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From the top of Utah State University's Old Main Hill is a vista no New Yorker could ever buy.

That view, down the grassy or snow-covered slope depending on the season is enhanced by myriad trees and shrubs. The aesthetics, created by diversity and terrain, with Logan below and the spectacular Wellsville Mountains pushing skyward, 10 miles away across the valley, impress the most seasoned traveler.The university's original landscape planning was done back in 1912, when there were relatively few trees on the campus, according to Craig Johnson, a USU landscape professor. The planting design followed the English romantic tradition, with informal groups of plants.

"Though the design is old, there are still good lessons," Johnson said. Birches unify the composition and are used in front of evergreens, providing a contrast of light and dark. In fall, deciduous trees and evergreens are splendid in green and gold.

The walkway to the amphitheater from the top of Old Main Hill commences with tall cottonwoods and a few majestic evergreens widely spaced. Below, the sloping walk is oriented toward the Logan Temple in the middle ground. In summer, you descend into thicker, shorter deciduous trees and an inviting shaded microclimate.

The campus arboretum with its 3,000 inventoried trees is used for education and scientific purposes. Classes from landscape architecture and environmental planning, plant science, biology, natural resources, engineering and art identify plants, study relationships of communities, survey the slopes, and paint, sketch and photograph the natural beauty.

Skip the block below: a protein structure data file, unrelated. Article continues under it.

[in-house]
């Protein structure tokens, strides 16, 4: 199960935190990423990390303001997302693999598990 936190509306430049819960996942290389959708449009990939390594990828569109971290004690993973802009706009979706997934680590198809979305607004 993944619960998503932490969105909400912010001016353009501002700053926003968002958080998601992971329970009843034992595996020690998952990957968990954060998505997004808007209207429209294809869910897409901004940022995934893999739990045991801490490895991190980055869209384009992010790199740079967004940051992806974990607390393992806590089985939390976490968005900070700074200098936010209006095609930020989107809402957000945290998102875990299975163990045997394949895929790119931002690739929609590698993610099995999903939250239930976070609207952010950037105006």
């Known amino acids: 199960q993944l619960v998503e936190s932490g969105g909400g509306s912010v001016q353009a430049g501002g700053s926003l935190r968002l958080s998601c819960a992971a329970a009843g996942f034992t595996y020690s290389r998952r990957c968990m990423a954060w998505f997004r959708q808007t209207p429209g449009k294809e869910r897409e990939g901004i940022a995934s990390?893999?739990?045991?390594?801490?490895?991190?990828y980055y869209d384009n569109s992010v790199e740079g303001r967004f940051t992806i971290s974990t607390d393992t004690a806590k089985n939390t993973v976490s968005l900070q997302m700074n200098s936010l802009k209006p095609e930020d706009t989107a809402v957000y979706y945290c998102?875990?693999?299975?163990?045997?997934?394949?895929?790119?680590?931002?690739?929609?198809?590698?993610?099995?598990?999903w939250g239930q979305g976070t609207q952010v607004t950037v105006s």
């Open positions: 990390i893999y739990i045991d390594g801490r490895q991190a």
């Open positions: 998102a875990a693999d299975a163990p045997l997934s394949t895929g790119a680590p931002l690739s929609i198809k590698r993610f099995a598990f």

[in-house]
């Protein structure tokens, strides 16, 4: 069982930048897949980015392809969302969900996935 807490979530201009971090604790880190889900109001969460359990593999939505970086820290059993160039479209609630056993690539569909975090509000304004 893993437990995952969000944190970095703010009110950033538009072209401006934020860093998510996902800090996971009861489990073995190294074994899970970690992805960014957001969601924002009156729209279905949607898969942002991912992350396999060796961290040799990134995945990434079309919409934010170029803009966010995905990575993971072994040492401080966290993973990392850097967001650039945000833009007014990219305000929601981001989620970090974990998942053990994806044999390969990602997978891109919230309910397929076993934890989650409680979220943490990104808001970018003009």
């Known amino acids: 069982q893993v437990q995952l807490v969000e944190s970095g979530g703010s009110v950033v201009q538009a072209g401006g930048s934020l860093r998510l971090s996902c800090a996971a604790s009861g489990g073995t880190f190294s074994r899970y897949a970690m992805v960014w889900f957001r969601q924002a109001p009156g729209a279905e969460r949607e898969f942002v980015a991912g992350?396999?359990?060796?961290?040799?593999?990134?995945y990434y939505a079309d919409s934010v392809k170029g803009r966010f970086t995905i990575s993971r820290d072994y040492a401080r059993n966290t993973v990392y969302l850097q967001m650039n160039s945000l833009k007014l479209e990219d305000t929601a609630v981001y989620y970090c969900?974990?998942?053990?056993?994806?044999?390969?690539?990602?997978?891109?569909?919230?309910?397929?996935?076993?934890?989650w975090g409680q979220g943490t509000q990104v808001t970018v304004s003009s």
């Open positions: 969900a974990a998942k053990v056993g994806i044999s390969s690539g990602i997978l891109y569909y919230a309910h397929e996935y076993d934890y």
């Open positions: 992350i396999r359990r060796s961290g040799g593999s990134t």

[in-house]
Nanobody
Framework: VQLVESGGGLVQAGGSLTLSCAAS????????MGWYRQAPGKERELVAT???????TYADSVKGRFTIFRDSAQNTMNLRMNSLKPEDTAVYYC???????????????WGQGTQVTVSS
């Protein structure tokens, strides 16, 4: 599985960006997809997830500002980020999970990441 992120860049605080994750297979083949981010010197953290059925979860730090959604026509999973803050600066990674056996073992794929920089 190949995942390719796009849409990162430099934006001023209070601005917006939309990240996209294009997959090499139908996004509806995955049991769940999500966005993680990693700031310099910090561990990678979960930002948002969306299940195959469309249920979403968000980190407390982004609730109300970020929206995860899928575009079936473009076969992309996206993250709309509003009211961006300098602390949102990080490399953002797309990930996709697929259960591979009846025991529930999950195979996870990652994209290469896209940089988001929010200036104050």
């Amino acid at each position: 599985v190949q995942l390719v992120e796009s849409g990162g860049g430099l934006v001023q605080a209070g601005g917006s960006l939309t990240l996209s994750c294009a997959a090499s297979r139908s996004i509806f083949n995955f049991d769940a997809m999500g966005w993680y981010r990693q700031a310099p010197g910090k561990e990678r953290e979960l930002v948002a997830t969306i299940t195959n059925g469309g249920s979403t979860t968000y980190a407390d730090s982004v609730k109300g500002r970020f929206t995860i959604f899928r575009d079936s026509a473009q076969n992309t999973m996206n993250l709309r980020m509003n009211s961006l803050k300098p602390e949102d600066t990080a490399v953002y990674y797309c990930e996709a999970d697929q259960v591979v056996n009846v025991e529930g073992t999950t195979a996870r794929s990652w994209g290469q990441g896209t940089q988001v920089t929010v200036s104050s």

On campus you will find spruce, Austrian pine, crab apples, Lombardy poplars, American elm, large maples, viburnums, Hawthorns and honey locust.

According to Dave Johnson, foreman of the 16-person full-time grounds crew, the largest and oldest trees are cottonwoods, about 100 years old.

There are ginkos, Russian olives, catalpas, the golden raintree and Kentucky coffee. There are enough feed trees and shrubs to attract assorted birds, including a recent wintering flock of crows roosting nightly in front of the Alumni House and Information Services Building. A small population of mule deer, which are not just winter residents, stays year round.

According to Wendell Morse, director of campus planning, efforts have been made to use native plants in areas where there is no irrigation. The development of a much greater variety of trees and shrubs would call for an expanded budget for maintenance, along with employment of a full-time arborist, who could devote expertise and effort on trees, shrubs and ground cover requiring special attention.

Funding is particularly short for the flora of the USU campus. Johnson makes use of 65 to 70 summer workers, rather than trying to keep a big staff year around. The grounds budget has been the same for about seven or eight years, he said.

With it, the crews handle all maintenance and somehow absorb the cost of landscaping new facilities constructed at USU. Their efforts are a benefit to the university, its students and the taxpayer, but the work is demanding on the employees, who also produce all the flowers, new trees and shrubs planted each year.

Unfortunately, there are those who don't take pride in the surroundings. Vandalism has occurred in recent years. Signs once adorned trees, identifying species for amateur botanists and students. Most of these have been pulled off. Trees outer bark is often damaged by chains used to secure bicycles, Johnson said.

Ruts are being created in the lawn by unthinking mountain bikers, by the occasional person who decides to drive his car or truck down the hill through the trees, and by pedestrians who won't use established walks.

"Few people stop to think of the work and time it has taken to create the natural USU campus environment," said Johnson, "or of the other values of the trees and shrubs.